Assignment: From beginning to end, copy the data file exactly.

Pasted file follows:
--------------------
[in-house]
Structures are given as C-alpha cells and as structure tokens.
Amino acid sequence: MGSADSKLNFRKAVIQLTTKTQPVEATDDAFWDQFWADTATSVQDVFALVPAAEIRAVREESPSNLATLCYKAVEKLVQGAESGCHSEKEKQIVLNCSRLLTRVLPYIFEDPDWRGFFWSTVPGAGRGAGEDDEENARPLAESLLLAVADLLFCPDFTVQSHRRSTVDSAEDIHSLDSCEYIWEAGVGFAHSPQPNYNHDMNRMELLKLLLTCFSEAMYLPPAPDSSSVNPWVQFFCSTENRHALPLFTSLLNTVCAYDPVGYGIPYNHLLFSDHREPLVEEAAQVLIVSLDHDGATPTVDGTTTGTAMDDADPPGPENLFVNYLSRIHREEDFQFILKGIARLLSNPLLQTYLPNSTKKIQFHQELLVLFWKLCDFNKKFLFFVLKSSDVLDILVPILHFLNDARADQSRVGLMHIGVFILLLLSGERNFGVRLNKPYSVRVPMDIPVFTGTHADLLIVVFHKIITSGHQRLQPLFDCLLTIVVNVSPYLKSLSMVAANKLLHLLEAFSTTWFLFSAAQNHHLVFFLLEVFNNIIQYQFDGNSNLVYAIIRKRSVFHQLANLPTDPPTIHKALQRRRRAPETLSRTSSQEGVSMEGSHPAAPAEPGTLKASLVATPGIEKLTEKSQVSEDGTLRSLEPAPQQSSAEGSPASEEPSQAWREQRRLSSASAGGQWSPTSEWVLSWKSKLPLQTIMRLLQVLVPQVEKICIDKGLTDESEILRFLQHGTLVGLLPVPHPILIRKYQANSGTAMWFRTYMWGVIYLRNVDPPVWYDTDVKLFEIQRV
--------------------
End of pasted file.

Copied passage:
[in-house]
Structures are given as C-alpha cells and as structure tokens.
Amino acid sequence: MGSADSKLNFRKAVIQLTTKTQPVEATDDAFWDQFWADTATSVQDVFALVPAAEIRAVREESPSNLATLCYKAVEKLVQGAESGCHSEKEKQIVLNCSRLLTRVLPYIFEDPDWRGFFWSTVPGAGRGAGEDDEENARPLAESLLLAVADLLFCPDFTVQSHRRSTVDSAEDIHSLDSCEYIWEAGVGFAHSPQPNYNHDMNRMELLKLLLTCFSEAMYLPPAPDSSSVNPWVQFFCSTENRHALPLFTSLLNTVCAYDPVGYGIPYNHLLFSDHREPLVEEAAQVLIVSLDHDGATPTVDGTTTGTAMDDADPPGPENLFVNYLSRIHREEDFQFILKGIARLLSNPLLQTYLPNSTKKIQFHQELLVLFWKLCDFNKKFLFFVLKSSDVLDILVPILHFLNDARADQSRVGLMHIGVFILLLLSGERNFGVRLNKPYSVRVPMDIPVFTGTHADLLIVVFHKIITSGHQRLQPLFDCLLTIVVNVSPYLKSLSMVAANKLLHLLEAFSTTWFLFSAAQNHHLVFFLLEVFNNIIQYQFDGNSNLVYAIIRKRSVFHQLANLPTDPPTIHKALQRRRRAPETLSRTSSQEGVSMEGSHPAAPAEPGTLKASLVATPGIEKLTEKSQVSEDGTLRSLEPAPQQSSAEGSPASEEPSQAWREQRRLSSASAGGQWSPTSEWVLSWKSKLPLQTIMRLLQVLVPQVEKICIDKGLTDESEILRFLQHGTLVGLLPVPHPILIRKYQANSGTAMWFRTYMWGVIYLRNVDPPVWYDTDVKLFEIQRV